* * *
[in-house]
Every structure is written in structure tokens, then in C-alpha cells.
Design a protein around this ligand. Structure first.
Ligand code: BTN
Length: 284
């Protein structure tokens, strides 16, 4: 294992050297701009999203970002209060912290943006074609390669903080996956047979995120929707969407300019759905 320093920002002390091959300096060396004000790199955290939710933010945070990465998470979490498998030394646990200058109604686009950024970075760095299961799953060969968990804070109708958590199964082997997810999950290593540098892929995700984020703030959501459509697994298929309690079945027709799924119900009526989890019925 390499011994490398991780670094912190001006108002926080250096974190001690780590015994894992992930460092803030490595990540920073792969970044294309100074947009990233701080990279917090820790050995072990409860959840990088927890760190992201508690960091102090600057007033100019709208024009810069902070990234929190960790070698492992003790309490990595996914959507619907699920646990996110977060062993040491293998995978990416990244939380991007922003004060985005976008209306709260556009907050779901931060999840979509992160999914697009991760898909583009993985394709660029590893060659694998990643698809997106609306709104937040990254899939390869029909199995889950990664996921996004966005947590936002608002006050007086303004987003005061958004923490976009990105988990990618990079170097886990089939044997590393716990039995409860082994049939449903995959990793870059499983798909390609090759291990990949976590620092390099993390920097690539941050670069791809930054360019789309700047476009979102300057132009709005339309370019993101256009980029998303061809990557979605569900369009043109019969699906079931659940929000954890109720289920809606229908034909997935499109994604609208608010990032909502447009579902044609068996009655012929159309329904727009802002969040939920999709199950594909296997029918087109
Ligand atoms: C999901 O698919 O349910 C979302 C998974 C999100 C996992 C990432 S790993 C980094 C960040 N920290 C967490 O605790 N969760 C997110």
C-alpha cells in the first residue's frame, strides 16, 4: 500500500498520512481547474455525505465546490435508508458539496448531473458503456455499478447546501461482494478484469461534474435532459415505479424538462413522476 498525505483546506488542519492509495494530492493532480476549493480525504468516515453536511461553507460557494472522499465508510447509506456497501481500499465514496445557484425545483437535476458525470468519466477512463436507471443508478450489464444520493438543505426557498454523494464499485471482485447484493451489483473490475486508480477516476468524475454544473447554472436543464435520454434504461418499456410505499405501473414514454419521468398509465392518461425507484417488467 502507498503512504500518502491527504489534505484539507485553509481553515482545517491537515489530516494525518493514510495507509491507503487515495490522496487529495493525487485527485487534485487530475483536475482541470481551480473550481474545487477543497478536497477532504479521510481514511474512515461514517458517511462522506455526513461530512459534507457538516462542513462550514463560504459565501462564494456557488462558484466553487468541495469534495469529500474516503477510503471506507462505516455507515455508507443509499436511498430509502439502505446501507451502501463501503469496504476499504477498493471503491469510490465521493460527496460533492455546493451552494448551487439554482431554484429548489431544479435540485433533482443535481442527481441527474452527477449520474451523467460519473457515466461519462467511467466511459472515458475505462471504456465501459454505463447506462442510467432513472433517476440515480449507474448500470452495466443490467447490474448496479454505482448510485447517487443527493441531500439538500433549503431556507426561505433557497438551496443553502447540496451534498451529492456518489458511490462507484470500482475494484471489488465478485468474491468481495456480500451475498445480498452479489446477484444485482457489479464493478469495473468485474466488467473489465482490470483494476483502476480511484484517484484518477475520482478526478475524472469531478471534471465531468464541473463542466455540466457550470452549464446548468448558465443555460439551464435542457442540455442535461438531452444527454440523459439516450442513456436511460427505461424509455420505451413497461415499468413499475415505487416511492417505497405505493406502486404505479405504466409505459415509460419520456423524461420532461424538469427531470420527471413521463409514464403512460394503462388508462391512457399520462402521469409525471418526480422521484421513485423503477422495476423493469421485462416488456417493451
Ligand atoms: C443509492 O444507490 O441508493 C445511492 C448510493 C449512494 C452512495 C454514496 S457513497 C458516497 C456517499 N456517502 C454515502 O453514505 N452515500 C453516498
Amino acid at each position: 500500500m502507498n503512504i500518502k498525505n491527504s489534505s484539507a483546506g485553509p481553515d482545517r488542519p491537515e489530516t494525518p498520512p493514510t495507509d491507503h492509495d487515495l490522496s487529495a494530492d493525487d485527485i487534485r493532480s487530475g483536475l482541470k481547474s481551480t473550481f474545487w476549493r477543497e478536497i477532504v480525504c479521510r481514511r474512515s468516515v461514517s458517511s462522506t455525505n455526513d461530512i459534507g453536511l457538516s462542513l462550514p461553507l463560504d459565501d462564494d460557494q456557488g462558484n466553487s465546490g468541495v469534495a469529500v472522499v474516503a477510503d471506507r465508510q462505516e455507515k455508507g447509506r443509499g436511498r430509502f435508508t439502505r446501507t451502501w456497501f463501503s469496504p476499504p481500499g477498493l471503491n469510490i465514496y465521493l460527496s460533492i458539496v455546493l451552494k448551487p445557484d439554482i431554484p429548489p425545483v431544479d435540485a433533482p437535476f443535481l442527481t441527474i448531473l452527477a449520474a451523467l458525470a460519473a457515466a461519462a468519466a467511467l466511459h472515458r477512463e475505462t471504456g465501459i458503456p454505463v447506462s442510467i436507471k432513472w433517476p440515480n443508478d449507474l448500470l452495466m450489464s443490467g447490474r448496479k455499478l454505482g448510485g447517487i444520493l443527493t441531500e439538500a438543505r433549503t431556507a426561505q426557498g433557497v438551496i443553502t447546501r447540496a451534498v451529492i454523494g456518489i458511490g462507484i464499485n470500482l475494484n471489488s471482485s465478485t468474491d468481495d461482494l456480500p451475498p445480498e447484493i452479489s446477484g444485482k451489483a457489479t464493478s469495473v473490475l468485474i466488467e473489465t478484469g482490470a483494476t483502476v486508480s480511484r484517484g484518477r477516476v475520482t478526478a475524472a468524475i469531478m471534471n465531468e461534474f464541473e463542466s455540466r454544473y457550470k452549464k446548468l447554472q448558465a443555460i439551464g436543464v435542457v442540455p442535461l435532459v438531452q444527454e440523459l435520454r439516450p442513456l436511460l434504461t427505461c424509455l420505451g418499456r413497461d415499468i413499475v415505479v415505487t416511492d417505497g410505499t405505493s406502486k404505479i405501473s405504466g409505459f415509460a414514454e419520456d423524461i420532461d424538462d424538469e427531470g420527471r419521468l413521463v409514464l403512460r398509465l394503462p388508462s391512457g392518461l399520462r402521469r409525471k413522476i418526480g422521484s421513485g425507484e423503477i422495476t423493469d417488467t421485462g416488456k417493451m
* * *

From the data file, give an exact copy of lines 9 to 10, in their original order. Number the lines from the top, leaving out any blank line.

Ligand atoms: C443509492 O444507490 O441508493 C445511492 C448510493 C449512494 C452512495 C454514496 S457513497 C458516497 C456517499 N456517502 C454515502 O453514505 N452515500 C453516498
Amino acid at each position: 500500500m502507498n503512504i500518502k498525505n491527504s489534505s484539507a483546506g485553509p481553515d482545517r488542519p491537515e489530516t494525518p498520512p493514510t495507509d491507503h492509495d487515495l490522496s487529495a494530492d493525487d485527485i487534485r493532480s487530475g483536475l482541470k481547474s481551480t473550481f474545487w476549493r477543497e478536497i477532504v480525504c479521510r481514511r474512515s468516515v461514517s458517511s462522506t455525505n455526513d461530512i459534507g453536511l457538516s462542513l462550514p461553507l463560504d459565501d462564494d460557494q456557488g462558484n466553487s465546490g468541495v469534495a469529500v472522499v474516503a477510503d471506507r465508510q462505516e455507515k455508507g447509506r443509499g436511498r430509502f435508508t439502505r446501507t451502501w456497501f463501503s469496504p476499504p481500499g477498493l471503491n469510490i465514496y465521493l460527496s460533492i458539496v455546493l451552494k448551487p445557484d439554482i431554484p429548489p425545483v431544479d435540485a433533482p437535476f443535481l442527481t441527474i448531473l452527477a449520474a451523467l458525470a460519473a457515466a461519462a468519466a467511467l466511459h472515458r477512463e475505462t471504456g465501459i458503456p454505463v447506462s442510467i436507471k432513472w433517476p440515480n443508478d449507474l448500470l452495466m450489464s443490467g447490474r448496479k455499478l454505482g448510485g447517487i444520493l443527493t441531500e439538500a438543505r433549503t431556507a426561505q426557498g433557497v438551496i443553502t447546501r447540496a451534498v451529492i454523494g456518489i458511490g462507484i464499485n470500482l475494484n471489488s471482485s465478485t468474491d468481495d461482494l456480500p451475498p445480498e447484493i452479489s446477484g444485482k451489483a457489479t464493478s469495473v473490475l468485474i466488467e473489465t478484469g482490470a483494476t483502476v486508480s480511484r484517484g484518477r477516476v475520482t478526478a475524472a468524475i469531478m471534471n465531468e461534474f464541473e463542466s455540466r454544473y457550470k452549464k446548468l447554472q448558465a443555460i439551464g436543464v435542457v442540455p442535461l435532459v438531452q444527454e440523459l435520454r439516450p442513456l436511460l434504461t427505461c424509455l420505451g418499456r413497461d415499468i413499475v415505479v415505487t416511492d417505497g410505499t405505493s406502486k404505479i405501473s405504466g409505459f415509460a414514454e419520456d423524461i420532461d424538462d424538469e427531470g420527471r419521468l413521463v409514464l403512460r398509465l394503462p388508462s391512457g392518461l399520462r402521469r409525471k413522476i418526480g422521484s421513485g425507484e423503477i422495476t423493469d417488467t421485462g416488456k417493451m